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Sunday, November 09, 2008

Presidential Roles

In celebration of President Elect Obama, Celluloitering presents this list of actors who have filled the role of President of the United States. Many different actors and actresses have filled the role over the years. In my opinion, having a versatile group of actors portraying fictional U.S. Presidents helped pave the way in American minds for more diversity in politics. Rather than cementing the image of the 50-something white man as our President, some modern films and television programs chose to cast someone different in the role and, in their own small way, plant a seed of tolerance in audience's minds.

Deep Impact (1998)
Let's face it--Morgan Freeman is an obvious choice to play the President. He has gravitas, intelligence, warmth, dignity--it's a pity all that good stuff was wasted in the terminally silly Deep Impact.

The Man (1972)
James Earl Jones plays President Douglass Dilman, the first African American President who ends up in office when the President dies and VP declines office. It takes an accident to get Jones into office and by the end of The Man's thoughtful and often painful analysis we see that the U.S. in 1972 is far from willingly electing an African American President.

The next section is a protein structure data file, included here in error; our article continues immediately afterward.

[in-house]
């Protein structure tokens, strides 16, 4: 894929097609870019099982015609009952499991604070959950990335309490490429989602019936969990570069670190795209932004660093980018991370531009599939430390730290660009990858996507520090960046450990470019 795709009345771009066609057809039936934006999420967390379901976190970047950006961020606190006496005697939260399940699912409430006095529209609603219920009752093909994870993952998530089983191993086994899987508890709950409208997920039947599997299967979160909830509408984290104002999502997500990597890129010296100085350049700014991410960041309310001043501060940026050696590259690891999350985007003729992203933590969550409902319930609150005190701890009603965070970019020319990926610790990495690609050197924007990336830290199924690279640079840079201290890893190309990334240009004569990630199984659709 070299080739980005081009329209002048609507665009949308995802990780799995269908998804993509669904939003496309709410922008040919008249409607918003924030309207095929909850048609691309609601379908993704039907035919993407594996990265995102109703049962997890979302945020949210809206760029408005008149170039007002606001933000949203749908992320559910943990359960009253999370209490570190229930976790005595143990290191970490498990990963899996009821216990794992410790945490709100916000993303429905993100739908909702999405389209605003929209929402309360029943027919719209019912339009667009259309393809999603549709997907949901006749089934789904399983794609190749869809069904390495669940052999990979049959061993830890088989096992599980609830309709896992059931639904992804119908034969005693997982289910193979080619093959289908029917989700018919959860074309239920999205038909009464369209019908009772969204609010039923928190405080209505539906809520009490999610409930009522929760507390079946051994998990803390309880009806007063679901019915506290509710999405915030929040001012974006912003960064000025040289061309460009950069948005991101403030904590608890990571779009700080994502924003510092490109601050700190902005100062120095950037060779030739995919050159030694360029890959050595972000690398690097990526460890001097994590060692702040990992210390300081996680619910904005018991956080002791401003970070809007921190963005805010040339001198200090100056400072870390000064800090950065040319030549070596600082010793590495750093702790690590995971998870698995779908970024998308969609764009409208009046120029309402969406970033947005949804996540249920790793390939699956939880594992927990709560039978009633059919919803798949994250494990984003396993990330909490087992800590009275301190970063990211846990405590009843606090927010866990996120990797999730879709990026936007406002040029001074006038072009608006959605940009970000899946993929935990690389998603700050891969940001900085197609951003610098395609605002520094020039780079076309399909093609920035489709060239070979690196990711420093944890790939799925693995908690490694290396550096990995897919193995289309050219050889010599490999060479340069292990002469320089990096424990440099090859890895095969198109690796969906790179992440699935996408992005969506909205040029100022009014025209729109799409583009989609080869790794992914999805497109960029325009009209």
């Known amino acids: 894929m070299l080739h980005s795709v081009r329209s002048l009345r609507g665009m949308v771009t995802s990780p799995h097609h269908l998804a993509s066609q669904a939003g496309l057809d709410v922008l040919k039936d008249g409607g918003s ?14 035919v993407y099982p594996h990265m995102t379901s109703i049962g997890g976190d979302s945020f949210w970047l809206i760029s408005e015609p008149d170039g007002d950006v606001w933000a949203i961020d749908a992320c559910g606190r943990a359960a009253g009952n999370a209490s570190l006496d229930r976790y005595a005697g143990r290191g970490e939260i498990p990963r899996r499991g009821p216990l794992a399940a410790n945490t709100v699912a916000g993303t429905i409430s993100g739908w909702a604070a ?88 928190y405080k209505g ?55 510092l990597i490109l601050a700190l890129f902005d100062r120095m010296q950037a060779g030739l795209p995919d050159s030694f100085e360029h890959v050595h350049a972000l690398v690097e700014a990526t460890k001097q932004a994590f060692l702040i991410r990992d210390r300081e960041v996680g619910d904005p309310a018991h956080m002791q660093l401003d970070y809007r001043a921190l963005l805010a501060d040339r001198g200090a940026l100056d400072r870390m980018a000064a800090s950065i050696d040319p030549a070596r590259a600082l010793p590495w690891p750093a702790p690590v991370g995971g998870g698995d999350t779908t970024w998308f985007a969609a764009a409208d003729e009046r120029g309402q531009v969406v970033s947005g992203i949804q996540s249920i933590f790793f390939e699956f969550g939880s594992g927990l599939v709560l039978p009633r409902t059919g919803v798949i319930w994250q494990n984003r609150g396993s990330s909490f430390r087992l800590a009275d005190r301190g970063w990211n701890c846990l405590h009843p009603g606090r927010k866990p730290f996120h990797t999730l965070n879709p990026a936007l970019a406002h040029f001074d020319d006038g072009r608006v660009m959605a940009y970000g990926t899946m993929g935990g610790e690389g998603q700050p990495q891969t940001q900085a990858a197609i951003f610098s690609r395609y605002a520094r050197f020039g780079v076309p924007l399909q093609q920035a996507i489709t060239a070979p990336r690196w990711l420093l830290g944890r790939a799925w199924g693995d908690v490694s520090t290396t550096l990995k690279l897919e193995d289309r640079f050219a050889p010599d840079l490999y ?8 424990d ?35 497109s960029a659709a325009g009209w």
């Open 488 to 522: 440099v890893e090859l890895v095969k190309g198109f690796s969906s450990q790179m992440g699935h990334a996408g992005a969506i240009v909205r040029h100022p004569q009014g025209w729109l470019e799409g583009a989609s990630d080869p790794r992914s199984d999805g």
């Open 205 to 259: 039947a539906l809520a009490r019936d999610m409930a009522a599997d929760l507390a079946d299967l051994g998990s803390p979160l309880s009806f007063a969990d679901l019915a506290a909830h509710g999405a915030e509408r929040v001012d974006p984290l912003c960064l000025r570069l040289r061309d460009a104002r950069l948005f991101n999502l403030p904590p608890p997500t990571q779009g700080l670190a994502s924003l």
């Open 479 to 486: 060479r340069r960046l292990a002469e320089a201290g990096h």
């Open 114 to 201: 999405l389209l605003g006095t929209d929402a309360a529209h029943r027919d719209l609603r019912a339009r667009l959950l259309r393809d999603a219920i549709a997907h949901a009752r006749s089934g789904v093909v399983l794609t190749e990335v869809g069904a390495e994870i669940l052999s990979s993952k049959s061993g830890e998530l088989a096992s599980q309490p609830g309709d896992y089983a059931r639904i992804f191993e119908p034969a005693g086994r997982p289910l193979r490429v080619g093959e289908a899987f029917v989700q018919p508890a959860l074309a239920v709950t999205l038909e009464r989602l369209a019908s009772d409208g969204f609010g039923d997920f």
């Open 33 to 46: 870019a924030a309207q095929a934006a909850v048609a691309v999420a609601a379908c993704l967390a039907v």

Air Force One (1997)
Glenn Close plays the Vice President who fills in as Acting President in this action thriller. Personally, I think McCain would have garnered more votes with Close as his running mate.

Fail Safe (2000)
Richard Dreyfuss plays the President in the Cold War drama Fail Safe in which the President and his advisors debate a full-scale nuclear attack on the Soviet Union. We've never had a Jewish President and, after doing a little research, I found that there haven't been many Jewish actors playing the President either. Dreyfuss is one, and not a surprising choice--he has certainly filled his share of blowhard politician roles (e.g. The American President, W.).

For all of it's pro-torture, anti-civil liberties messages, 24 is pretty awesome for casting Dennis Haysbert as President David Palmer. Palmer was calm, cool, full of integrity and willing to listen--all things we sorely needed from our real President for the past eight years. President Palmer helped people get used to the idea of a Black president.

The West Wing
The West Wing scores double points, first for casting a latino actor (Martin Sheen, AKA Ramon Antonio Gerard Estevez) as President Josiah Bartlet, and then for casting Jimmy Smits (who is half Puerto Rican, half Surinamese, all Brooklyn) as Mexican American (and Catholic) President Matt Santos. According to West Wing writer and producer Eli Attie, Santos is based on Barack Obama.